May 23, 2000 - Space Quest VIII: Broom of Matrimony

Roger and Beatrice just wanted to enjoy their honeymoon, but each planet they visit draws them deeper into a mystery. Who are the mysterious Space Elves? And why do they want to enslave mankind? It will be up to Roger and Beatrice to solve the mystery together in their first joint effort!

The New York Times called Space Quest VIII, “one of the finest romantic comedies in any medium”, but it almost didn’t happen. Sierra online had been bought and sold several times over the development and after a massive restructuring, the Two Guys and their teams had to finish the game out of trailers in the office parking lot. But the receipts from SQ8 would give them the leverage to re-open the original game studio in Oakhurst, California and re-christen it as “Space Quest Studios”. 

May 19, 2003 - Space Quest IX: Roger Wilco and Cub

The cover art would look sort of like this, but with a mop.

The final game in the third Roger Wilco trilogy! With Beatrice out visiting her parents and Roger watching the baby, all heck breaks loose. Sludge Vohaul’s nephew is on a quest to resurrect his uncle using the power of Dark Arts. Can Roger prevent the opening of the heck-dimensions and the resurrection of Sludge Vohaul? And more importantly, can he do it while carrying a baby the entire story?

Fans were particularly shocked by the surprise ending as Roger and Beatrice, just returned from her trip, are visited by a strange white light. As they disappear in a flash of greatness, Roger utters his final immortal line of the series: “What does God need with a janitor?”

August 18, 2006 - Space Quest X: The Latex Babes of Estros

On his eighteenth birthday, young Roger Jr. receives an important message tied to the leg of a robotic owl: it’s his calling and his invitation to attend the Adventurer’s Technical School on Estros. Alternating between exploring the galaxy looking for clues to his parents disappearance and unlocking the secrets hidden beneath the seas of Estros, Roger Jr. proves himself a worthy successor to the Wilco name. He also discovers at an inopportune moment that he has a latex allergy.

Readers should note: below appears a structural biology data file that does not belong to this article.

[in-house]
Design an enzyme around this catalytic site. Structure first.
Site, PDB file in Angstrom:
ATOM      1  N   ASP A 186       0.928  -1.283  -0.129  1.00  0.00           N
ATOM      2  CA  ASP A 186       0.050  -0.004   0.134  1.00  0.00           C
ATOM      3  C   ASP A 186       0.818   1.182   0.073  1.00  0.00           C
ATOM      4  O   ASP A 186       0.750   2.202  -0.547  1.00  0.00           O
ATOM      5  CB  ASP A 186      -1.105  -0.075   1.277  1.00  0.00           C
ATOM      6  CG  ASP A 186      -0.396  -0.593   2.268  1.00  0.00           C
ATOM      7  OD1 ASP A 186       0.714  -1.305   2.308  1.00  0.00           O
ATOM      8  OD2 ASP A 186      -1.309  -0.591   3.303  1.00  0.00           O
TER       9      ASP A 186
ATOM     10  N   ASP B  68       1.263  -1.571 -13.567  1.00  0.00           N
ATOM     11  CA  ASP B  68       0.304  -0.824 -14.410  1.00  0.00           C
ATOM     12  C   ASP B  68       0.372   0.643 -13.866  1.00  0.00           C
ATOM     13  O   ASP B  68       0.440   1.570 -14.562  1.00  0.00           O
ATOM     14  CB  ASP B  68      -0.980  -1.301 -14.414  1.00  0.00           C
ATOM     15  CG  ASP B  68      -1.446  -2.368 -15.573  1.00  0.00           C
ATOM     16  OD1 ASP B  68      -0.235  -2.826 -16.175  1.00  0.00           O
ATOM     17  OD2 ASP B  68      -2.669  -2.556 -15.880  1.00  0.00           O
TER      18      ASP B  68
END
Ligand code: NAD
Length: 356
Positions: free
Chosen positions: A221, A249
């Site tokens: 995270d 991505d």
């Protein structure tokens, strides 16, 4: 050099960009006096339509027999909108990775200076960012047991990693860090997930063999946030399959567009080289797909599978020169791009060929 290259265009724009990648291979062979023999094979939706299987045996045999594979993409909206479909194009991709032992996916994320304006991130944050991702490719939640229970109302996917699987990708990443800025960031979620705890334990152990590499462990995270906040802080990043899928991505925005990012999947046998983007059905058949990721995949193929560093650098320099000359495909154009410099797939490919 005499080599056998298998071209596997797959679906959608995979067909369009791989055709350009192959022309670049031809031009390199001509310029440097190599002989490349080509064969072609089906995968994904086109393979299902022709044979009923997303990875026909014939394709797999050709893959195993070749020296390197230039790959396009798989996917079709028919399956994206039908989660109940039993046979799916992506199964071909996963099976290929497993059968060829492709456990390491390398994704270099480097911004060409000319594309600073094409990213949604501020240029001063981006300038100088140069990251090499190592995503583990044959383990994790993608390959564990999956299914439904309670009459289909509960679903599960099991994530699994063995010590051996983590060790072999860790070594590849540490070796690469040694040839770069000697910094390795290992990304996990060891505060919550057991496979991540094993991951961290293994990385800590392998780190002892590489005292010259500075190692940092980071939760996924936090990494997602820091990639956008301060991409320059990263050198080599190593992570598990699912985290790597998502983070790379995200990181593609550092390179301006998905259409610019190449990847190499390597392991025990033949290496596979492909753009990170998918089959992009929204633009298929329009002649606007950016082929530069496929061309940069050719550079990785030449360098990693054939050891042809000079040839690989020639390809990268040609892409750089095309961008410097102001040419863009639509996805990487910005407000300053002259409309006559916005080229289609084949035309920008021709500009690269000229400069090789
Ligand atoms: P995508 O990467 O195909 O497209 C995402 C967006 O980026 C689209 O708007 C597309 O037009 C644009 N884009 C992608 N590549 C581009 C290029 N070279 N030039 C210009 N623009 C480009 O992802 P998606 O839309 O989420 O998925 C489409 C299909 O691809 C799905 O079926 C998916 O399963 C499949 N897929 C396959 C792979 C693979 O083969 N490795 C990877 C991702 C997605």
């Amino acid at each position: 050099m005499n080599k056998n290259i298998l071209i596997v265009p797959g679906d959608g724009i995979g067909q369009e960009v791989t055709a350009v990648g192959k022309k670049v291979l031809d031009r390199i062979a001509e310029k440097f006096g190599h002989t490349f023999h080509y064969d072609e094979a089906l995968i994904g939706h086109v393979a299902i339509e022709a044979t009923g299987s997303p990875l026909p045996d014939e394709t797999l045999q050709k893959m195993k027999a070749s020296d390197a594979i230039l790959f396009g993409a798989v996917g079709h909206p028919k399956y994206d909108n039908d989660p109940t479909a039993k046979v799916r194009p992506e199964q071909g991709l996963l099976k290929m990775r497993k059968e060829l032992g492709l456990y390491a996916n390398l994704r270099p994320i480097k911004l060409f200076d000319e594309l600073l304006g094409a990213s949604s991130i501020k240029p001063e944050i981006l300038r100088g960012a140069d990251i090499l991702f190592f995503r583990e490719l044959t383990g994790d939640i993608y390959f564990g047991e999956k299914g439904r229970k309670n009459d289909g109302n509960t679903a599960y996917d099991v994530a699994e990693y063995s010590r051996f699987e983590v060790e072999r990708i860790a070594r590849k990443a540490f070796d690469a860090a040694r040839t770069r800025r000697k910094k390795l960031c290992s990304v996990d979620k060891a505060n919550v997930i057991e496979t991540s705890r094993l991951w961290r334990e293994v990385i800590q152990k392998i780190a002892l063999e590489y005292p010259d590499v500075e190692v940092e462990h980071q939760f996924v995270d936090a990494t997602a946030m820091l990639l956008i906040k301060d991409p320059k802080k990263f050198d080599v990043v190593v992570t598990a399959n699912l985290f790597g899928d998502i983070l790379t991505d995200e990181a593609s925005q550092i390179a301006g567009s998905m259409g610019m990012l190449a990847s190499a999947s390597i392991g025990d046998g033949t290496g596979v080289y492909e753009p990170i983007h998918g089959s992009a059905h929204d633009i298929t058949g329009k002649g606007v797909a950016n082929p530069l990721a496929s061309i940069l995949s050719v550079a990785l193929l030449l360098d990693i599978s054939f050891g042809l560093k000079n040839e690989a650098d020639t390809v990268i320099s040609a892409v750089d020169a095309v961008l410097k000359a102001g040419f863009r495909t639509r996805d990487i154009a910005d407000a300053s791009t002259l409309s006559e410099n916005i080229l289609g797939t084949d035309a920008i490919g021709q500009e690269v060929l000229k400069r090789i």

Roger Jr.’s adventures were not as well received after the critical acclaim of Space Quest 9, but still the series made enough to justify continuing. Scott and Mark took some time off to work on their own projects, but before long it was time for...

February 20, 2010 - Space Quest XI: The Hitchhike Home

Thanks to a spacial anomaly, a transporter accident, and a droid that becomes sentient at a bit of a bad time, Roger Jr. finds himself flung halfway across the galaxy. But even here where no one has heard the name “Wilco”, the slimy tendrils of the Vohaul Syndicate have spread their brand of greed and corruption. Roger Jr. has to make it home to Xenon, but how?

November 28, 2013 - Space Quest XII: Vohaul’s Revenge II

“Can you give me any future lottery numbers? Asking for a friend.”

Finally, we make it to Roger Jr.’s side of the infamous story of Space Quest IV. Junior has to survive Vohaul’s invasion, train a rag-tag bunch of StarCon dropouts into a force of “Time Rippers”, and rescue his father from the clutches of the Sequel Police. Can Roger Jr. convince all of the employees at the Monolith burger to quit in time? Will he remember to pack thermal underwear? We know the answer because we’ve already played Space Quest IV!